Global Perspective

The term Global Perspective is used by teachers, editors, writers, and critics to refer to the practice of talking about a document or revising a document at the holistic level.

Synonyms are

  • the Rhetorical Perspective
  • Macroscopic Level.

The antithesis to the Global Perspective is the Local Perspective (AKA Linguistic Level, Microscopic Level, or Sentence Level).


When editors, writers, and critics employ a global perspective, they are not concerned with individual elements of discourse–e.g.,. diction, usage, mechanics, grammar, phrases, sentences. Rather, when reading globally, readers are concerned with the overall effectiveness of a document:

  1. Rhetoric
    • Is the text responsive to its rhetorical situation?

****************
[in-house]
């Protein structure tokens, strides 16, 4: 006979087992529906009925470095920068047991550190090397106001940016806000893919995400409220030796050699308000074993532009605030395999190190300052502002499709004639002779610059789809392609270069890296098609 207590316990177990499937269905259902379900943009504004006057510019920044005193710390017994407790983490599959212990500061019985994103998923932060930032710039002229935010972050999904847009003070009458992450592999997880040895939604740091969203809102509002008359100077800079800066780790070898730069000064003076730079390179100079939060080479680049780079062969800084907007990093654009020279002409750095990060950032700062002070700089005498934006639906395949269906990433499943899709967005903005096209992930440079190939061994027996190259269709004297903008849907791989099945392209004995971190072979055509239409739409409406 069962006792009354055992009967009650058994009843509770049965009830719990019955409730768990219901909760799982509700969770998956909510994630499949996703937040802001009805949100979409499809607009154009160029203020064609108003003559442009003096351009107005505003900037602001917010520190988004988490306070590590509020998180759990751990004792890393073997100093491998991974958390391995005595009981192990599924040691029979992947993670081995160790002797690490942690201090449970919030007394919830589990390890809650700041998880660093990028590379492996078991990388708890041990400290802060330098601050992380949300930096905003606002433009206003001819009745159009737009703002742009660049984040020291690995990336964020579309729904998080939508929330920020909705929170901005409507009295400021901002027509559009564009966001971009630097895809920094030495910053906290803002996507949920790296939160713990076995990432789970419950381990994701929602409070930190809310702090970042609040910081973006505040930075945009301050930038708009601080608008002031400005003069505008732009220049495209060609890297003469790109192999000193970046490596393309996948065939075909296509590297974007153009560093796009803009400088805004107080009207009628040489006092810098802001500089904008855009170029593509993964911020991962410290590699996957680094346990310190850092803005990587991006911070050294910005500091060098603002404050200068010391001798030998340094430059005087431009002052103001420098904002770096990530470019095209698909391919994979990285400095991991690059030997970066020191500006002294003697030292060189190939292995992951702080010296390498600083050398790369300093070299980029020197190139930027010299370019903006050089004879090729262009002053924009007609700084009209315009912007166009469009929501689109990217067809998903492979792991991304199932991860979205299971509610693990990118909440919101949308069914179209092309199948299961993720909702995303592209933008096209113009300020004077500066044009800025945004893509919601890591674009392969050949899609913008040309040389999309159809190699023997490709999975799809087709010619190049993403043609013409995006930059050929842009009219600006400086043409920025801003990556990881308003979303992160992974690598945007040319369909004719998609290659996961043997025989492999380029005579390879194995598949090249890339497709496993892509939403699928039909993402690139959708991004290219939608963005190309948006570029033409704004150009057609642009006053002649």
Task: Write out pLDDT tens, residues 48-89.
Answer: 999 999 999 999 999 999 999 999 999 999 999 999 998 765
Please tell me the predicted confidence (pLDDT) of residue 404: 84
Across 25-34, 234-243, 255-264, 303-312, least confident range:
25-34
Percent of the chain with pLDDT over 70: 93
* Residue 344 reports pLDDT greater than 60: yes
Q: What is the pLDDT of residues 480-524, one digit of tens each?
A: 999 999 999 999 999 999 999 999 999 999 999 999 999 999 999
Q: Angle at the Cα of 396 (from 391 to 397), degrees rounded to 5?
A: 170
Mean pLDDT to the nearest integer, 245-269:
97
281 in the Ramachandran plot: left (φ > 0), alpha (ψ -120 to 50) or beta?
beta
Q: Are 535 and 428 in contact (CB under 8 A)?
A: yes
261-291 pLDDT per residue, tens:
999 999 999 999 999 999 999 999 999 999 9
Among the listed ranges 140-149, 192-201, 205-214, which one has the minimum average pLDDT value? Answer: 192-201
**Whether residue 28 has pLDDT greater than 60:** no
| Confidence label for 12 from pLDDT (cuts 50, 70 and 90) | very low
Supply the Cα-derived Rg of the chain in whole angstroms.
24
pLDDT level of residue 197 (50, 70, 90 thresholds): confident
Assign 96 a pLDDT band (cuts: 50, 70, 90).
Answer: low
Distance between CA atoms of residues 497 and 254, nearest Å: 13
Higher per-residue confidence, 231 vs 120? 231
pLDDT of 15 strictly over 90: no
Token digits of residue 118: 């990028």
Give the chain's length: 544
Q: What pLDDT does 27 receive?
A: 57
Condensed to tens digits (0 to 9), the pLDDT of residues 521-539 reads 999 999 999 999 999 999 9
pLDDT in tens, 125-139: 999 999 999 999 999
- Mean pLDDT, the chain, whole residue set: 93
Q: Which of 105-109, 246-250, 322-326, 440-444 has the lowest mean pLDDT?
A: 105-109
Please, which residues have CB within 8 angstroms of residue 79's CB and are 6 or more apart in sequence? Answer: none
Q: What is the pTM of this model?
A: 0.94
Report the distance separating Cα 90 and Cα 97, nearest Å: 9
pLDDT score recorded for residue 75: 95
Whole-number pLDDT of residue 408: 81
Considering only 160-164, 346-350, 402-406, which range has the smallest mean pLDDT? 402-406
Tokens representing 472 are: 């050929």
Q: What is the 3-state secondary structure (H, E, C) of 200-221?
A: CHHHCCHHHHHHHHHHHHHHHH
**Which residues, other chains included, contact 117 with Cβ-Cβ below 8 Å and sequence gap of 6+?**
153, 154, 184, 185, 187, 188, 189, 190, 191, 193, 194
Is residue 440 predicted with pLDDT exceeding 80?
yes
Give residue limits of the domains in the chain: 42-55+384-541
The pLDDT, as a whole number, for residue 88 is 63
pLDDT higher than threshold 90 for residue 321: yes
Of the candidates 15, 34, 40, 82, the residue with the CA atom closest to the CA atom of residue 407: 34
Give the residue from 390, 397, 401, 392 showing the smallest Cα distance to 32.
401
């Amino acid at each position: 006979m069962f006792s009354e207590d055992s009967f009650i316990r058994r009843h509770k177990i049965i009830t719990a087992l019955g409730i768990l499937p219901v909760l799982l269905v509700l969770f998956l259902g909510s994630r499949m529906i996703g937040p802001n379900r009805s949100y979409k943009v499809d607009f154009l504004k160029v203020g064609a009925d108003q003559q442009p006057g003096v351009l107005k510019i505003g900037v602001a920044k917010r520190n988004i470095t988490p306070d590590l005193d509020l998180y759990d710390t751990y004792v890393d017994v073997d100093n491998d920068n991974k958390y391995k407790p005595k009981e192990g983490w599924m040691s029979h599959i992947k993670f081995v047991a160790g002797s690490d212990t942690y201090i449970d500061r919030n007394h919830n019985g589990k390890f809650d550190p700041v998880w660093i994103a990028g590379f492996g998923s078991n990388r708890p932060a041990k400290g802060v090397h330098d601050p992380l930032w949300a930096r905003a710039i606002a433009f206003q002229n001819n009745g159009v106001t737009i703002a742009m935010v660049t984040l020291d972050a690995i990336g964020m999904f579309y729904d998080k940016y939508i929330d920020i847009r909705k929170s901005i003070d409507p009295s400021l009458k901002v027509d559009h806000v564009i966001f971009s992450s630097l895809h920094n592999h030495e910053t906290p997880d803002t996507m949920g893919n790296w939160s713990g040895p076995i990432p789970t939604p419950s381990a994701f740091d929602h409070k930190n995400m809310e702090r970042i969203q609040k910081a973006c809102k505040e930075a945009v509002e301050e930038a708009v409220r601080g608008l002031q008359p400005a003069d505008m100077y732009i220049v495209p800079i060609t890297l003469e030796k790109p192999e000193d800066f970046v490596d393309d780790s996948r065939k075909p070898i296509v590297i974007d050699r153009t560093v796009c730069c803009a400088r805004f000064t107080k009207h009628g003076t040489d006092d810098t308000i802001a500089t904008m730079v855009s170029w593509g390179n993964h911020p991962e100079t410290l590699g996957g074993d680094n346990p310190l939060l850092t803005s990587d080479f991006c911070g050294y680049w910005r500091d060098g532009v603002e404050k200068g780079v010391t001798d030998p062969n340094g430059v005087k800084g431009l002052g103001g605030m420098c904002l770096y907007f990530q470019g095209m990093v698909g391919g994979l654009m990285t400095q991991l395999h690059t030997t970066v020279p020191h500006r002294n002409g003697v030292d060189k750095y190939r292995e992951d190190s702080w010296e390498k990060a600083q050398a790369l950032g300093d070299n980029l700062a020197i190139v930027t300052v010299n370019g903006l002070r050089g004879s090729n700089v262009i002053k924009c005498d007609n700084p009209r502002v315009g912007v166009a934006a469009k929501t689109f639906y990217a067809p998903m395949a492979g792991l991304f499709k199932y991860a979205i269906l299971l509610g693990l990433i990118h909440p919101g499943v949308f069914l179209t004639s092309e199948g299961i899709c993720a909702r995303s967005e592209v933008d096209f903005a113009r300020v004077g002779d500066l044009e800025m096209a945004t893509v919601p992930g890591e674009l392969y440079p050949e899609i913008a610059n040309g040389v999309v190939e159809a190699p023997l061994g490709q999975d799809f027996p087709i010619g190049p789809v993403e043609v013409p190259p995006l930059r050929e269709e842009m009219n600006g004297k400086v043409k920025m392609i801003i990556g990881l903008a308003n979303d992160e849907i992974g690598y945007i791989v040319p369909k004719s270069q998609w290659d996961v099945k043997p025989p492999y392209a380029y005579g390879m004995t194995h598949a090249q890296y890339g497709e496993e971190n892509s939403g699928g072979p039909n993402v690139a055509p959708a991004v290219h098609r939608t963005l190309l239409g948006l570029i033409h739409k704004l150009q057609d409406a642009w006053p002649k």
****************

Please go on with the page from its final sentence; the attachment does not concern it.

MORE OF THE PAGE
2. Substance
  3. Organization
    • Is the document organized well? Does it consistently follow a deductive or inductive order? Should sections of the text be moved in order?

Related Concepts

In Writing Studies,

  • the practice of editing is synonymous with engaging in a local perspective.
  • the practice of revision is closely associated with engaging in a Global Perspective.
  • faculty encourage students to engage in revision long before they even consider editing.